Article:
I went to Mineral Point to the Cradle of American Haiku conference (version 4.0) last weekend and that was fun. Okay, fun is really the wrong word. There is no place like that place in the whole entire world and there are no people like the people that come to that place to talk about writing haiku and sometimes even to write it. They’re my people. I don’t have much family around here but when I go there I have the same feeling I do when I walk into a large room full of people I’m related to. I know them and they know me and there’s hugging and that weird kind of tug, that gravitational pull, that I always assumed was DNA-related but is apparently not. I’m not really sure what I would do if I didn’t live near Mineral Point. It seems unutterably sad to think about, so I won’t.
There is probably no other place on the planet, for instance, where you could get three dozen people together in a room to attend a workshop on writing haibun, which is an art form that probably not significantly more than three dozen people in the English-speaking world have even heard of. Okay, I’m totally exaggerating, but not that much. There are probably more English-speaking people who haven’t heard of Kim Kardashian than have heard of haibun. (I’m sorry to bring up Kim Kardashian in this space. I won’t do it again.)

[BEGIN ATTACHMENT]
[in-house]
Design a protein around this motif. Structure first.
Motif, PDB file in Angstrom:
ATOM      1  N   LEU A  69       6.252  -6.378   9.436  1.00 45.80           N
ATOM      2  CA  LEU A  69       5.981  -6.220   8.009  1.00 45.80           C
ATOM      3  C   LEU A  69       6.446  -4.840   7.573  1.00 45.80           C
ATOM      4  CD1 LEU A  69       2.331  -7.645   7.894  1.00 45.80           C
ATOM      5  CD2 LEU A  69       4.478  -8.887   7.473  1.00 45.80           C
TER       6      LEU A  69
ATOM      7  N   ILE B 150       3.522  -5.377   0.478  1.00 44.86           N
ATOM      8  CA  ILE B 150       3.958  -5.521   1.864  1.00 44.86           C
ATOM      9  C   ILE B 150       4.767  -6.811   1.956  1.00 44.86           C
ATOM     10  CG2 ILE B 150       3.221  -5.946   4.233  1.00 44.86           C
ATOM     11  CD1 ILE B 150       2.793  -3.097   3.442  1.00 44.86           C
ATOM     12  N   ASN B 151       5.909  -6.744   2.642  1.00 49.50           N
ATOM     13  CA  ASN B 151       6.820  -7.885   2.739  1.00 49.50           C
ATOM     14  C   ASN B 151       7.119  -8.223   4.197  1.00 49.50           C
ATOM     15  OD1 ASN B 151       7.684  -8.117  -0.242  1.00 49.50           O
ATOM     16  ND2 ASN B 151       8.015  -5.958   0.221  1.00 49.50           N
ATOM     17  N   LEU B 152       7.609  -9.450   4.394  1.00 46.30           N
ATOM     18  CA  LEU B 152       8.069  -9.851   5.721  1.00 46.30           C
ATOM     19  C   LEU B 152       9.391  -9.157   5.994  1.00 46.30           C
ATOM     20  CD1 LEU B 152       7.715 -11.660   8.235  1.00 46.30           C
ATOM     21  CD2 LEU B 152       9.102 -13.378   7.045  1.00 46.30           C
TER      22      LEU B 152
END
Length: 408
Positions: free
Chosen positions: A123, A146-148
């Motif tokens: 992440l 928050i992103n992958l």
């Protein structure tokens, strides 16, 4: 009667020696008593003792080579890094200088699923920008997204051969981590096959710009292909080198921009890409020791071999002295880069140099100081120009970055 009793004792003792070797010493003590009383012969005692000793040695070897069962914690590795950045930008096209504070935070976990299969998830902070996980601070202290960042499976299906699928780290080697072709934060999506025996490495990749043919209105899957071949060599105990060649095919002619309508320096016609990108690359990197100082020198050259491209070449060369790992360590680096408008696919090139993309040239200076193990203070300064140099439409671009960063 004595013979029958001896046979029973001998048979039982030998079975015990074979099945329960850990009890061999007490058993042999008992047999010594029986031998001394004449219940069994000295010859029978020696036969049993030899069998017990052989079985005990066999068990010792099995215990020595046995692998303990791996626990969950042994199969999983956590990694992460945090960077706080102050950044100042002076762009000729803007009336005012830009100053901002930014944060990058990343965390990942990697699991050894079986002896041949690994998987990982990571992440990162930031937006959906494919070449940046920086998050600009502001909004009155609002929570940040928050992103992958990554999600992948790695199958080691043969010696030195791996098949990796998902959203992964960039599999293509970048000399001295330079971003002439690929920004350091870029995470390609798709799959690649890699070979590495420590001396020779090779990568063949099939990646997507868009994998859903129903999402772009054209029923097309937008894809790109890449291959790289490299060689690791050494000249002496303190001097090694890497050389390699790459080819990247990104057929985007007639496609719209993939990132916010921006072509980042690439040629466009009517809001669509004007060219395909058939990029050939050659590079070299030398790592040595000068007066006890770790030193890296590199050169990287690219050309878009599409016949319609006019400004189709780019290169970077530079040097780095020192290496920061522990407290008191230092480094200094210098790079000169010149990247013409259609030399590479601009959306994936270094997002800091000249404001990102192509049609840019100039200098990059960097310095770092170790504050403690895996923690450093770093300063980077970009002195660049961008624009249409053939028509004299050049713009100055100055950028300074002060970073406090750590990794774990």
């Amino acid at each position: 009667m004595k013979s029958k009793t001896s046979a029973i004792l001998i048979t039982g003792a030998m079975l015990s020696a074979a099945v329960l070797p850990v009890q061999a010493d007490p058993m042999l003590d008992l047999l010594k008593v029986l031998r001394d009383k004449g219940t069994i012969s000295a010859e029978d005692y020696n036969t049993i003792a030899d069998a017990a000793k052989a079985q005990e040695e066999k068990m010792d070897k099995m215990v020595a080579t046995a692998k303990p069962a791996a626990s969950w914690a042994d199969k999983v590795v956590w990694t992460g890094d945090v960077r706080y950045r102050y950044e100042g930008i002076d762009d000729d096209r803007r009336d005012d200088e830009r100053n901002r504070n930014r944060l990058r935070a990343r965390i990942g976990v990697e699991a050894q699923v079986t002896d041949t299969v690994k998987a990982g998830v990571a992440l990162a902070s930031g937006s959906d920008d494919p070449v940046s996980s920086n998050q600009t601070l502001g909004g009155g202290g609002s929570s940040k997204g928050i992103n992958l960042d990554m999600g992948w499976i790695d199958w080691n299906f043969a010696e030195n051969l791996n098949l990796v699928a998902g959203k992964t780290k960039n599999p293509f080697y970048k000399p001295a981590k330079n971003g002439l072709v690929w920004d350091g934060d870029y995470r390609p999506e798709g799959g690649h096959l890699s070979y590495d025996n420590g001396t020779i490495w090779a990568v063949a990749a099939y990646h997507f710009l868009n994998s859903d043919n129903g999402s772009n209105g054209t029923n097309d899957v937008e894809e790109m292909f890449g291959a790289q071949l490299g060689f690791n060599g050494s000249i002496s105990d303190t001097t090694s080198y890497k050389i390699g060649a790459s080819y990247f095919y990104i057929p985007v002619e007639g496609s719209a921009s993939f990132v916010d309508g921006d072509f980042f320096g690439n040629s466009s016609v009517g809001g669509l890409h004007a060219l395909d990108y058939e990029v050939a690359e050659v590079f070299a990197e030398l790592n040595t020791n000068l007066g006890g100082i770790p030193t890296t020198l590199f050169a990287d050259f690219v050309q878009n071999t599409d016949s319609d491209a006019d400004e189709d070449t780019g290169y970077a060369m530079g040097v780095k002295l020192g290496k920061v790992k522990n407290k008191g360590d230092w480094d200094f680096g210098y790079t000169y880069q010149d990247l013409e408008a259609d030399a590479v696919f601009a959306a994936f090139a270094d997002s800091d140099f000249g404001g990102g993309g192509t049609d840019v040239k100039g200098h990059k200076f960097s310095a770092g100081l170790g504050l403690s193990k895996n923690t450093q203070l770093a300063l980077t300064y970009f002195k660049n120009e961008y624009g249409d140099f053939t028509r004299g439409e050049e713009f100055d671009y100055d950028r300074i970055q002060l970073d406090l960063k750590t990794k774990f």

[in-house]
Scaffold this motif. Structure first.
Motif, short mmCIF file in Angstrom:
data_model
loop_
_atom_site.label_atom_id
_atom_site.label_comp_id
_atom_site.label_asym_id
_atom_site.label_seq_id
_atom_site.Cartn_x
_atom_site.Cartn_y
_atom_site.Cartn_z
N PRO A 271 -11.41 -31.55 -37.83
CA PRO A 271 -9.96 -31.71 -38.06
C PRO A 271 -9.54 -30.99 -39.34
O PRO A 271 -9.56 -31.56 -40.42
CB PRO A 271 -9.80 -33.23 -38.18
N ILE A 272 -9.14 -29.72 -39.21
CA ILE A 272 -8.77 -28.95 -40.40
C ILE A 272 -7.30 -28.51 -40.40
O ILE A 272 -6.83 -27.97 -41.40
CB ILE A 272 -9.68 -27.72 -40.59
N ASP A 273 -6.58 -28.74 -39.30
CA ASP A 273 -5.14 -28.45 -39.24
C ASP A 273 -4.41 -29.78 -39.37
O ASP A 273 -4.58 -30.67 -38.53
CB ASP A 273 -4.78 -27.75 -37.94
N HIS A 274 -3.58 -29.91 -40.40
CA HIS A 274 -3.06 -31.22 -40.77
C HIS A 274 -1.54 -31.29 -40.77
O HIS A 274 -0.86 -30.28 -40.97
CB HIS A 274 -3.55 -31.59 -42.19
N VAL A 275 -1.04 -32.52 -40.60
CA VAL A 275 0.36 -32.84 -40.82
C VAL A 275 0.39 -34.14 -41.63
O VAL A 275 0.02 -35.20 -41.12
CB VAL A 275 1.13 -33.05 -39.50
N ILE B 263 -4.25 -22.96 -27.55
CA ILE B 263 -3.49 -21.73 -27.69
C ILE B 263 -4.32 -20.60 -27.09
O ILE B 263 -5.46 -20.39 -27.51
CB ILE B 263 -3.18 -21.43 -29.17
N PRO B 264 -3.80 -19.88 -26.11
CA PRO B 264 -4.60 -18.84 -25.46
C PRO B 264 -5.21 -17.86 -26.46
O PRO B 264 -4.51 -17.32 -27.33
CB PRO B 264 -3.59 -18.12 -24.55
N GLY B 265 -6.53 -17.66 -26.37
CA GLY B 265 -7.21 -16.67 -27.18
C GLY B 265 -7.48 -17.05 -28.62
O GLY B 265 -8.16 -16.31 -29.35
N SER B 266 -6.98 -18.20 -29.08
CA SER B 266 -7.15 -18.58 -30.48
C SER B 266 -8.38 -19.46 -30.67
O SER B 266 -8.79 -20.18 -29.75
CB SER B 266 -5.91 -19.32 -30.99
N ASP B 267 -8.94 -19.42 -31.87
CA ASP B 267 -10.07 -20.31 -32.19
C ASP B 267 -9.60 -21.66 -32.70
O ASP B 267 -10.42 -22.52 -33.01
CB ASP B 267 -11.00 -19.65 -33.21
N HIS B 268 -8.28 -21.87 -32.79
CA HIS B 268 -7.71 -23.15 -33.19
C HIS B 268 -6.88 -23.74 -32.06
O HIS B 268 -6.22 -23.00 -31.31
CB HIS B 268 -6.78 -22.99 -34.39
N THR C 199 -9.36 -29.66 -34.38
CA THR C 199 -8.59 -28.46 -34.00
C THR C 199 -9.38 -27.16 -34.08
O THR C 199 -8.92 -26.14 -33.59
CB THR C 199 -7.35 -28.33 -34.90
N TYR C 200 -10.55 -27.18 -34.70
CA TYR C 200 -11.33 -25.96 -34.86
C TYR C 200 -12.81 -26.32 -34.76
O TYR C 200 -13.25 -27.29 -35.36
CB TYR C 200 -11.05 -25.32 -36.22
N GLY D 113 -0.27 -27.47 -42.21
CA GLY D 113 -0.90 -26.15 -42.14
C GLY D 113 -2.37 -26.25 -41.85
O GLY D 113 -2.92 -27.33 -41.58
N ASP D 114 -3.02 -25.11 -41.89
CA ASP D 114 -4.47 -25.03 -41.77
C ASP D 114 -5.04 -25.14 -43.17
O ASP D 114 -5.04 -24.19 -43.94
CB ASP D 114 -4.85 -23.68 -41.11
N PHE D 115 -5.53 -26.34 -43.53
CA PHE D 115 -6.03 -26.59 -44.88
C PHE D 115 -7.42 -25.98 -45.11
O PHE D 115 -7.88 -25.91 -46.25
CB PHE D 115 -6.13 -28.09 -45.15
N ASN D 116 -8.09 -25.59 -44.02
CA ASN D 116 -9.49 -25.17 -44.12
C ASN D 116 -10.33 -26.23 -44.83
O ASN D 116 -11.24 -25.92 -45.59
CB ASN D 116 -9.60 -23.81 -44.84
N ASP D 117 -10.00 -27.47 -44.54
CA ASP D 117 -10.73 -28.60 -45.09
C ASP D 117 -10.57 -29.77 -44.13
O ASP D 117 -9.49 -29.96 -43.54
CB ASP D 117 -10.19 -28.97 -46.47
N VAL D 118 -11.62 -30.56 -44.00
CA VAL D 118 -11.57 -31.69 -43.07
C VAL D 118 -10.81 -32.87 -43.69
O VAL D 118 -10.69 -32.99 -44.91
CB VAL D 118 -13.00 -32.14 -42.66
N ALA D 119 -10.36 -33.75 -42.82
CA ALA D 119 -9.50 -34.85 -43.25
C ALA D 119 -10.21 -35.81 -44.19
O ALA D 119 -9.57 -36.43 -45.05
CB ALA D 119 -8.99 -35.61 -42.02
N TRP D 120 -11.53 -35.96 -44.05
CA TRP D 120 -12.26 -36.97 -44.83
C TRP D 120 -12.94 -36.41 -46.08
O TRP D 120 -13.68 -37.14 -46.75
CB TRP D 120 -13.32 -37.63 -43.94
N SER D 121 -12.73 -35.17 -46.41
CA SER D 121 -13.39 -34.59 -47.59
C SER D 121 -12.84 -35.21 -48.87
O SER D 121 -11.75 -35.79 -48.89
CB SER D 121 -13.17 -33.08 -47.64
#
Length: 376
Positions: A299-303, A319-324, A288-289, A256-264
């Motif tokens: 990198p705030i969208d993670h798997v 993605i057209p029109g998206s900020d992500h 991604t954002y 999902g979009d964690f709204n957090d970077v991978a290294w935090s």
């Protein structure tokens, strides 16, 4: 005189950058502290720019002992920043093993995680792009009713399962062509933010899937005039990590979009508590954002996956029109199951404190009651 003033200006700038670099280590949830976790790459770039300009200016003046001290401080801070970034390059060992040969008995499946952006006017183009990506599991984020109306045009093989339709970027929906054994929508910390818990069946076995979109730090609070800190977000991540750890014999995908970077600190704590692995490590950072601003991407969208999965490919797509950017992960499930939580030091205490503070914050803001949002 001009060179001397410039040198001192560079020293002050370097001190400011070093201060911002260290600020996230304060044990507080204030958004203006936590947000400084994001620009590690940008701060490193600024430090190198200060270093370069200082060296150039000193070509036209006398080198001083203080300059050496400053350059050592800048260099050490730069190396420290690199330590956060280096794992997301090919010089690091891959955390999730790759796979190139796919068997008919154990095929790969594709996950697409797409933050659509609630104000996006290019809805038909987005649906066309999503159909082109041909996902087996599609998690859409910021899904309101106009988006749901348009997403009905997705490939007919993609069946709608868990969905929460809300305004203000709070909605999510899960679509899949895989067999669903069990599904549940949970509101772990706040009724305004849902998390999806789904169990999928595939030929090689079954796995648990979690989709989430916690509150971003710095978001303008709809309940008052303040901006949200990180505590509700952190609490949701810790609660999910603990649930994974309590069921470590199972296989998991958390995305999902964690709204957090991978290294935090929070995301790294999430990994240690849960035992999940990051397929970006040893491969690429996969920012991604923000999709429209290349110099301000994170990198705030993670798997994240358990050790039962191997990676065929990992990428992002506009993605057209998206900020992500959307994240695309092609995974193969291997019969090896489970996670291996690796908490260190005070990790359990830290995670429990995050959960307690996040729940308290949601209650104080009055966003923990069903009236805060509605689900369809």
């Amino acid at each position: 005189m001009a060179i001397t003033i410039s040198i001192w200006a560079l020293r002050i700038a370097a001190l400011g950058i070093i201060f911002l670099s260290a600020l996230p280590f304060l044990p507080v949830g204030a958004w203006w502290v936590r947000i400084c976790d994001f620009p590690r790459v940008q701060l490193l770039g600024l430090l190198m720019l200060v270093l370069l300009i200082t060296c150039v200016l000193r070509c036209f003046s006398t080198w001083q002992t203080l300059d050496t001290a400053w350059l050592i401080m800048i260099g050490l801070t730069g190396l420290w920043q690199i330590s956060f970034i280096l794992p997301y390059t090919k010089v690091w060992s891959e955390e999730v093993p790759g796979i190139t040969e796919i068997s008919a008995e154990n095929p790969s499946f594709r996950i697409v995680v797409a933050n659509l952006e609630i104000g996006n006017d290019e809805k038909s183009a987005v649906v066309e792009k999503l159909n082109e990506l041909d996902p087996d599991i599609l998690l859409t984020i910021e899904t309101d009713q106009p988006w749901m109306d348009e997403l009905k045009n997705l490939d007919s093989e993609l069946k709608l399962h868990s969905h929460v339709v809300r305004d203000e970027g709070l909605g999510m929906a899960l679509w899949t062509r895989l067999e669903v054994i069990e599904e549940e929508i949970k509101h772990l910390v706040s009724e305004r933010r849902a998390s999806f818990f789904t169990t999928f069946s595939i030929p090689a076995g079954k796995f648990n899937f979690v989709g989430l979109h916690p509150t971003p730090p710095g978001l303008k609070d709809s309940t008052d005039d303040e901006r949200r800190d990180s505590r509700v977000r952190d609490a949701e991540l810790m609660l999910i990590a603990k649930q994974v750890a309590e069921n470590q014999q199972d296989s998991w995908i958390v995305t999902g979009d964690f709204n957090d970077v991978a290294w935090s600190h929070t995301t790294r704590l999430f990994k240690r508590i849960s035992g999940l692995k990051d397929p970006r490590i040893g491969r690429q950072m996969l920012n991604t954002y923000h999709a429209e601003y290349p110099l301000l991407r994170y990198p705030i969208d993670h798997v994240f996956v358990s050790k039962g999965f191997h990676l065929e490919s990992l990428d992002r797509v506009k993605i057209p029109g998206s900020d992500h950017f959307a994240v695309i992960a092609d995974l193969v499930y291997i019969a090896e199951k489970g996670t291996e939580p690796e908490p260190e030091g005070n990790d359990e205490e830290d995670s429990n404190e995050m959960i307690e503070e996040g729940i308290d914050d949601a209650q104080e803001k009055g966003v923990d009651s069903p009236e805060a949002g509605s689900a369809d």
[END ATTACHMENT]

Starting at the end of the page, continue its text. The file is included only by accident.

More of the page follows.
As I was saying. I went to Mineral Point and conducted a workshop on writing haibun, which made me feel a little bit like a little girl wearing her father’s cowboy boots, but it seemed to go okay. We talked a lot about the link between prose and haiku in haibun, which I have discovered in the past is something that haiku poets can talk about more or less forever with apparent interest. Connection. We’re totally into it. Then we did a little exercise and wrote a little haibun. I gave the attendees a total of twenty minutes to write and was stunned to discover that most of them seem to have written a complete haibun in that time. What are they, wizards? It takes me months, sometimes. Some of them read what they’d written aloud, one minute after writing it, and it was beautiful, startling, like watching a bird hatch and dry and become itself.
I could say a lot more about Mineral Point and I probably will, but I feel I should return now to what really should be my regularly-scheduled programming, which is thinking and writing about how wild and difficult and stunning everything is, in and out of my brain.
back in the river we deepen it